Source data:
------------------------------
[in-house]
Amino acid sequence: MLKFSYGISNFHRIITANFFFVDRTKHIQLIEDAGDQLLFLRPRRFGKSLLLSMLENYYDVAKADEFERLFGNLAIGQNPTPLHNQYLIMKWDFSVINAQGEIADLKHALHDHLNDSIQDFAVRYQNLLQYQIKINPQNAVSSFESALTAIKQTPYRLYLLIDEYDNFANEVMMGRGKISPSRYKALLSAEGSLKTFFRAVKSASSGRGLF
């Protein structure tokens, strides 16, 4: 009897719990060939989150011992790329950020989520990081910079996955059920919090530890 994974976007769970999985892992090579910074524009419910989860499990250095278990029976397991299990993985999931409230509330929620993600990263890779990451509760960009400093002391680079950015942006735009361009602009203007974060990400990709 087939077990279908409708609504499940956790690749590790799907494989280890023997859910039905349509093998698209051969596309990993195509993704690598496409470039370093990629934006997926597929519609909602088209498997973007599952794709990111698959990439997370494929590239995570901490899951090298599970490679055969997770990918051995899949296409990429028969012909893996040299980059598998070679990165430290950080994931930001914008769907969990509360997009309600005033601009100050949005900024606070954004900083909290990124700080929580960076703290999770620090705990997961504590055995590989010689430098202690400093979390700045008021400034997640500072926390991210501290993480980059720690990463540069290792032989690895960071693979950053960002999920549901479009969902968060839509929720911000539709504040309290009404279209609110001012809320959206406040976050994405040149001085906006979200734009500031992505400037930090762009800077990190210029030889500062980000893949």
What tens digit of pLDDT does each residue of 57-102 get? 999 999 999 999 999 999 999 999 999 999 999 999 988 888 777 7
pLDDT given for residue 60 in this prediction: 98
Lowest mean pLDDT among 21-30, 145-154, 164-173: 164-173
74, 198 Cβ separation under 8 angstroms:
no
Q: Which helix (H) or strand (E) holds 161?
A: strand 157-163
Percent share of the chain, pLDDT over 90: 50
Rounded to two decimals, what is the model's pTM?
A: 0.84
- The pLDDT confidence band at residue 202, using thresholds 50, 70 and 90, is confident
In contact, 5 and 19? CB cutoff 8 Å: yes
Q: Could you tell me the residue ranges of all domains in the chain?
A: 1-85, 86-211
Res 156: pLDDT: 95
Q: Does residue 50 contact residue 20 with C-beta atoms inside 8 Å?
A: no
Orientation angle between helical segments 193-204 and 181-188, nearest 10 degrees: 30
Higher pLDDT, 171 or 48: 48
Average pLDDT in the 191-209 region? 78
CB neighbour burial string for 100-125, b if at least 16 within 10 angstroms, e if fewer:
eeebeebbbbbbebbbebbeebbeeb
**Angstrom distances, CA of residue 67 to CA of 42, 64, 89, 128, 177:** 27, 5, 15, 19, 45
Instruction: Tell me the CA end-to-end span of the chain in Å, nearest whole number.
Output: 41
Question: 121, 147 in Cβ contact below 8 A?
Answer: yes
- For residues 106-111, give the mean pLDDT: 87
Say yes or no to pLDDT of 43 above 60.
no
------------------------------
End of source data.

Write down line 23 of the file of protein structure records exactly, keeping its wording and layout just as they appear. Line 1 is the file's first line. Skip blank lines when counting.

Average pLDDT in the 191-209 region? 78